Giles says the techniques used should work with any text-based tool. “While we designed and developed TableSeer to facilitate searching of tables occurring in articles in the chemistry domain, it can be used in any domain where data is presented in tabular form including other scientific, technical, social and business areas.”
How can TableSeer better serve colleges and universities? Mitra points to the speed factor as well as the search engine’s role in automating the manual labor part of research. “This is a new tool which allows you to go in and grab either data from tables automatically or find summaries of results much faster. It’s a productivity tool to help researchers, students and scholars,” he says.
Table-searching presents a unique challenge because there is no standard table representation method. Tables can appear in PDFs and PowerPoints, in HyperText Markup Language files and in Microsoft Word documents. “We chose to focus on PDF documents because of their growing popularity in digital libraries and because PDF documents had been overlooked in other table-search efforts,” Giles says. “In the future, we will be working on adapting TableSeer to the other formats.”
The two professors also plan to work on extracting the data returned by TableSeer searchers and gathering it in a database so that researchers can use the data again and again for checking out models and theories they want to study.
“We are also doing ongoing research to improve the ranking algorithm by adding additional features,” Mitra says. “It’s still in the early stages. We started looking into systematically identifying what the authors want. We need to do a large-scale user study to find out what readers and users want. This would change and perhaps improve the ranking function.”
Giles, meanwhile, is involved in working on a search engine that can identify, extract and rank figures found in documents. This may prove to be more challenging than table extraction as the researchers will be working with images rather than text.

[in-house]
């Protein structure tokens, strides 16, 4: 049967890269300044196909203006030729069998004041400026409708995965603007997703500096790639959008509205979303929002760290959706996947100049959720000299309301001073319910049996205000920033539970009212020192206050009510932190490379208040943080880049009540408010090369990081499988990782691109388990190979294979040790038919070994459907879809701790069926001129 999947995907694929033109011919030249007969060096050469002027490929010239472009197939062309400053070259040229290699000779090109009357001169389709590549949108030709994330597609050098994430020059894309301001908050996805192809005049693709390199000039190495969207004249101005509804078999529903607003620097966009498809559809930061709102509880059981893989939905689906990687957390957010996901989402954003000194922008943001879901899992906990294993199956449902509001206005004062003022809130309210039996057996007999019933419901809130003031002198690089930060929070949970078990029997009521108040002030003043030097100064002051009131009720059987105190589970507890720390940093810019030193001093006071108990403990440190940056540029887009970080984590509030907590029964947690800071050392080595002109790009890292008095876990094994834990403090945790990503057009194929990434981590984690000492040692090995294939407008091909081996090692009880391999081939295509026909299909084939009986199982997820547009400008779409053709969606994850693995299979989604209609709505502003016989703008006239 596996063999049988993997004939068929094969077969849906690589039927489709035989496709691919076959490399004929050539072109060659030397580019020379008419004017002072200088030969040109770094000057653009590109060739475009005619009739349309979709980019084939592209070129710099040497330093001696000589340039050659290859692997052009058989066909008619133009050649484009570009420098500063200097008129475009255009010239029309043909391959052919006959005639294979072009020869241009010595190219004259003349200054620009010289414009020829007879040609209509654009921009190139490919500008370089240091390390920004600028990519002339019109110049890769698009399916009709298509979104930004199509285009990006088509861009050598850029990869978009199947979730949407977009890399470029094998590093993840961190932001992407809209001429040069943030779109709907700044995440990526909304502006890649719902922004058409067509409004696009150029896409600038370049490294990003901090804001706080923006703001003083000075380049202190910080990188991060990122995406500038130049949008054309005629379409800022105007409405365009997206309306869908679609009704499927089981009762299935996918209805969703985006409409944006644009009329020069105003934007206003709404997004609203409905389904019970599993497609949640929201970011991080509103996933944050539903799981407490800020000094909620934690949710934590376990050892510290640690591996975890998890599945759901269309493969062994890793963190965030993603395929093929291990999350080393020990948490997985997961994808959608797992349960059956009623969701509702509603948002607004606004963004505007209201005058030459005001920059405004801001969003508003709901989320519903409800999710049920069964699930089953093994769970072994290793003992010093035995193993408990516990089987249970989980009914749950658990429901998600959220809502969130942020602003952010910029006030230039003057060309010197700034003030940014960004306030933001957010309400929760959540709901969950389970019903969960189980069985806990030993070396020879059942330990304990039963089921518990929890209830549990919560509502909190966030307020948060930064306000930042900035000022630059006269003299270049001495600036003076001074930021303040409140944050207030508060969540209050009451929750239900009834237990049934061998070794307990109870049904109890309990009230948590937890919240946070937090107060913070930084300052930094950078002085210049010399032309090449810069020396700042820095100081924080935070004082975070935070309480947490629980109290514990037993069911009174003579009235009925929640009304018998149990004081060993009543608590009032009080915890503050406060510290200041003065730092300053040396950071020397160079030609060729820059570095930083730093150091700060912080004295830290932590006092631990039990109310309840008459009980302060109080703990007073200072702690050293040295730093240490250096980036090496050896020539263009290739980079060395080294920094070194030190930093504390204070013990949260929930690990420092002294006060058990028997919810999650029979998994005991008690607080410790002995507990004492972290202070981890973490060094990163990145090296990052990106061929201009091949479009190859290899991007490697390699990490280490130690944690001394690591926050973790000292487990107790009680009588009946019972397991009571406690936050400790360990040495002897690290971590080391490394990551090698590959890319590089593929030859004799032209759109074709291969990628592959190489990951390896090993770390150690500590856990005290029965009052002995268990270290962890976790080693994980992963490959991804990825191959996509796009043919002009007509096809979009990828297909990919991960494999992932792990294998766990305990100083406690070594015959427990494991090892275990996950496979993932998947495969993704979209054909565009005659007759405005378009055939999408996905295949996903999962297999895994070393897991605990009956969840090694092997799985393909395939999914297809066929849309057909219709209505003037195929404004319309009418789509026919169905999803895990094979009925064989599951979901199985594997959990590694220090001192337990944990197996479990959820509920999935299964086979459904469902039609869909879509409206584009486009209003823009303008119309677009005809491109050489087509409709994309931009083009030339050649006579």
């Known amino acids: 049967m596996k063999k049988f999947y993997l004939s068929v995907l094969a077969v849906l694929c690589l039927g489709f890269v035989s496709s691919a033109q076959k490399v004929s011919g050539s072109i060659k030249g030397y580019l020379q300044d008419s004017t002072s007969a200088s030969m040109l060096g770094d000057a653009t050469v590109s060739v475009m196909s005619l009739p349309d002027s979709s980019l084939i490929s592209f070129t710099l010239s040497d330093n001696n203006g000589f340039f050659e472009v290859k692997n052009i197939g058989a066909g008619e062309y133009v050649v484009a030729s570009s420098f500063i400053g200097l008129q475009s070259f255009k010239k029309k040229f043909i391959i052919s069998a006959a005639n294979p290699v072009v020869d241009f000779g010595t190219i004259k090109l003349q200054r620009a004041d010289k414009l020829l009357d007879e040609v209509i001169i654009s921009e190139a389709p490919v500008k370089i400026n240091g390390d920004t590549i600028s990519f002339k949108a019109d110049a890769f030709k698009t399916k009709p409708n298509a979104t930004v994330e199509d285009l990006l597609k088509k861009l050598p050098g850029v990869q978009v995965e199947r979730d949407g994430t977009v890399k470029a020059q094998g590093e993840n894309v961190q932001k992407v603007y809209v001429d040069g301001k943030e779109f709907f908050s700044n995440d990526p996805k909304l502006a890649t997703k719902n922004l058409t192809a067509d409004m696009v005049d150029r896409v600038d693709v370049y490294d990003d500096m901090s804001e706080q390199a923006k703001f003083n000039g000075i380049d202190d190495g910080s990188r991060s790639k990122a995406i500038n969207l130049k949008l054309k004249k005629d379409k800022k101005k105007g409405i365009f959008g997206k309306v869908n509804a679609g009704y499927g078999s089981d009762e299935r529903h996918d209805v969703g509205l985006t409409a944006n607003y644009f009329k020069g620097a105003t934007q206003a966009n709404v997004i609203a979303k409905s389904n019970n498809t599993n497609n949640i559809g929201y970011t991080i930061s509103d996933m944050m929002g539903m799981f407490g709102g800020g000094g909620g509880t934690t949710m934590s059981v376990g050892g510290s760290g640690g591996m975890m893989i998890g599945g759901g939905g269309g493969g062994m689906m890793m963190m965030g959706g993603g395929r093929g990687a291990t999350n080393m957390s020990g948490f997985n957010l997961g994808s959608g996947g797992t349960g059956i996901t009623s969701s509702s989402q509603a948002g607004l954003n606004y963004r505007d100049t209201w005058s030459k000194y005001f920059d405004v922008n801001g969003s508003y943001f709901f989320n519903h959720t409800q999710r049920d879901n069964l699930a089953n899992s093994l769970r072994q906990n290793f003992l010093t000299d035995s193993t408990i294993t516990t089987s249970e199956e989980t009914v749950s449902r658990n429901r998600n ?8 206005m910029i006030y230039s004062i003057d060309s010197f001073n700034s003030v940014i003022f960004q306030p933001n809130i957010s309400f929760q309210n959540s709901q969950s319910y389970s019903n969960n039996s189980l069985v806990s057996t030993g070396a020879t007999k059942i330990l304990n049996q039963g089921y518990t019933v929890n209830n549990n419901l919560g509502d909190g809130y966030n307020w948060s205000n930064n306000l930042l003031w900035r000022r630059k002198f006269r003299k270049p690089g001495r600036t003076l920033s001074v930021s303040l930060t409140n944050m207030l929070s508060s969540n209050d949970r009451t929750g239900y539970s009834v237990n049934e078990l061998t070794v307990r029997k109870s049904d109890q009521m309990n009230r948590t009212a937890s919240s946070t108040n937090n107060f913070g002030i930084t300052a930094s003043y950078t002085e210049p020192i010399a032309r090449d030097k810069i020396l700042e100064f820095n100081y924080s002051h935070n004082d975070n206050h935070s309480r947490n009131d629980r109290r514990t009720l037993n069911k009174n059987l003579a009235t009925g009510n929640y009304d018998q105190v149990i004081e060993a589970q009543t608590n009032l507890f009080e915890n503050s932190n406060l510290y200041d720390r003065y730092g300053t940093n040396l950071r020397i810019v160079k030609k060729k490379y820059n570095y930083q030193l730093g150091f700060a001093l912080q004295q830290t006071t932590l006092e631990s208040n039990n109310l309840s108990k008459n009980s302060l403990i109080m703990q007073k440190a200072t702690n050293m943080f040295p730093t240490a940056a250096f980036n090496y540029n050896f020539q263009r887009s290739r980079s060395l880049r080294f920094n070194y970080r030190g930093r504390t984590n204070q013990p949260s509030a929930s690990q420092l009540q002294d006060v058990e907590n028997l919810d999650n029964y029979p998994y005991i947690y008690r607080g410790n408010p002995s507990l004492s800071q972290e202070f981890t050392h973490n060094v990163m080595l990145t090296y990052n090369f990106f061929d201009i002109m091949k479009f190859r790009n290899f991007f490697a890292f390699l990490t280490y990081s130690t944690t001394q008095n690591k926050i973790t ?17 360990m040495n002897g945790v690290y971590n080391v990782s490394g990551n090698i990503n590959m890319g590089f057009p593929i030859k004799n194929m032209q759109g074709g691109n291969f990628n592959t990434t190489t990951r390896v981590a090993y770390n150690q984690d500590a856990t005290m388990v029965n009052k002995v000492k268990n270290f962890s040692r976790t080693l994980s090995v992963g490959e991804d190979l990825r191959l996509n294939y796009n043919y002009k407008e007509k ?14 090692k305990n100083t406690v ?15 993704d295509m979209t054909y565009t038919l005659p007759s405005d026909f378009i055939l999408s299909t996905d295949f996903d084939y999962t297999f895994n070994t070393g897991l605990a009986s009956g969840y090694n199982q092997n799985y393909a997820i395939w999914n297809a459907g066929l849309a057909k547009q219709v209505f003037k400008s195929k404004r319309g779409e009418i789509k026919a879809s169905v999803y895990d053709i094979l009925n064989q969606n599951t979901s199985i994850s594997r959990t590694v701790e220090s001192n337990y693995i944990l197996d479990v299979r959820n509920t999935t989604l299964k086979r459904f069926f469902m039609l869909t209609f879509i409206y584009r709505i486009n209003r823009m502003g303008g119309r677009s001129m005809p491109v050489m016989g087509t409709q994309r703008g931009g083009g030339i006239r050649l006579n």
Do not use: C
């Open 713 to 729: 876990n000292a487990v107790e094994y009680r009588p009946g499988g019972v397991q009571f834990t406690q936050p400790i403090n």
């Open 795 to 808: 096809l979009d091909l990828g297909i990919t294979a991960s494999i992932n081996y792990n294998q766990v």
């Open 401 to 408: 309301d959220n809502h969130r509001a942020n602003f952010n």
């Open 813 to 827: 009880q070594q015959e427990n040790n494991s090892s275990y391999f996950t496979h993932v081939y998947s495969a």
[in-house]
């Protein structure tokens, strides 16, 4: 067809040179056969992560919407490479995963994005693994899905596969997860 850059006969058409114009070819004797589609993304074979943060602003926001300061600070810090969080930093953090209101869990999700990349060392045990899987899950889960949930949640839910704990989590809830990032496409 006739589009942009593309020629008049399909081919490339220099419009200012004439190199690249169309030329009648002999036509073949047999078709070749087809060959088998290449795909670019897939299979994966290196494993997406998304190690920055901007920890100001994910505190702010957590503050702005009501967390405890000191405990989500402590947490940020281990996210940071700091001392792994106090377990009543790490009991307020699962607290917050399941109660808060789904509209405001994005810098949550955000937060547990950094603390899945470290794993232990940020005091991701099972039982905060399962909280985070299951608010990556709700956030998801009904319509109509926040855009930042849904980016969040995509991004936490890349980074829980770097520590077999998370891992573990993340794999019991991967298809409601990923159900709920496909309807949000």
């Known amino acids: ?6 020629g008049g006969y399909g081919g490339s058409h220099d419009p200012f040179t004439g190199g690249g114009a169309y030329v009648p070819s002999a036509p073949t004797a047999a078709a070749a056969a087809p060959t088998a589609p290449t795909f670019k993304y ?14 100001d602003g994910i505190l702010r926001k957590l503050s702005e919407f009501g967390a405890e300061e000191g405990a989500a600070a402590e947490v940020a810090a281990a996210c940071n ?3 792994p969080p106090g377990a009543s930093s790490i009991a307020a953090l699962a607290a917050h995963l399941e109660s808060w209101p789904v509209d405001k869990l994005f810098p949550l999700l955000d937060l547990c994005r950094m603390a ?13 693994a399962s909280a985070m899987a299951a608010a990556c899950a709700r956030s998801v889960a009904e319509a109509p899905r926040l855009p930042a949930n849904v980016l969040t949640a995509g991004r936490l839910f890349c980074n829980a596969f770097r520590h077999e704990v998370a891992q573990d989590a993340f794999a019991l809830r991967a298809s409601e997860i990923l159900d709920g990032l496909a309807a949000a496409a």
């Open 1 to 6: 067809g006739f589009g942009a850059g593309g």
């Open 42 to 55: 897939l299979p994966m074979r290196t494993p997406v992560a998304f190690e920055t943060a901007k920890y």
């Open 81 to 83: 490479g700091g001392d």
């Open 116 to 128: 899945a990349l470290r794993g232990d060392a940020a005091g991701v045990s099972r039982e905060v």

“We find it quite promising,” he says. “We’re looking at extracting data from plots. We have some preliminary results we find encouraging. In many ways this is as exciting as tables because there is so much data out there in plots that is so difficult to get out, and it’s the only place you can find that data.”
Common Data Delivery Tool
After reviewing 10,000 chemistry, biology and computer science articles and documents, Giles and Mitra found that more than 70% included tables.
Spoken-Word Search Research
With the prolific use of the Internet as a way to make lecture materials available, researchers at the Massachusetts Institute of Technology have developed a search engine that lets MIT students browse lectures for specific terms.
So far, the Computer Science and Artificial Intelligence Laboratory has cataloged more than 200 MIT lectures. Using voice recognition software, the lab creates transcripts of lectures professors post online. The transcripts are then broken into sections by topic. For searches, the engine uses a mathematical formula to compare a search query against 100-word chunks of text.
The MIT project, like TableSeer, is funded by the National Science Foundation. To check out the lecture search engine, go to web.sls.csail.mit.edu/lectures.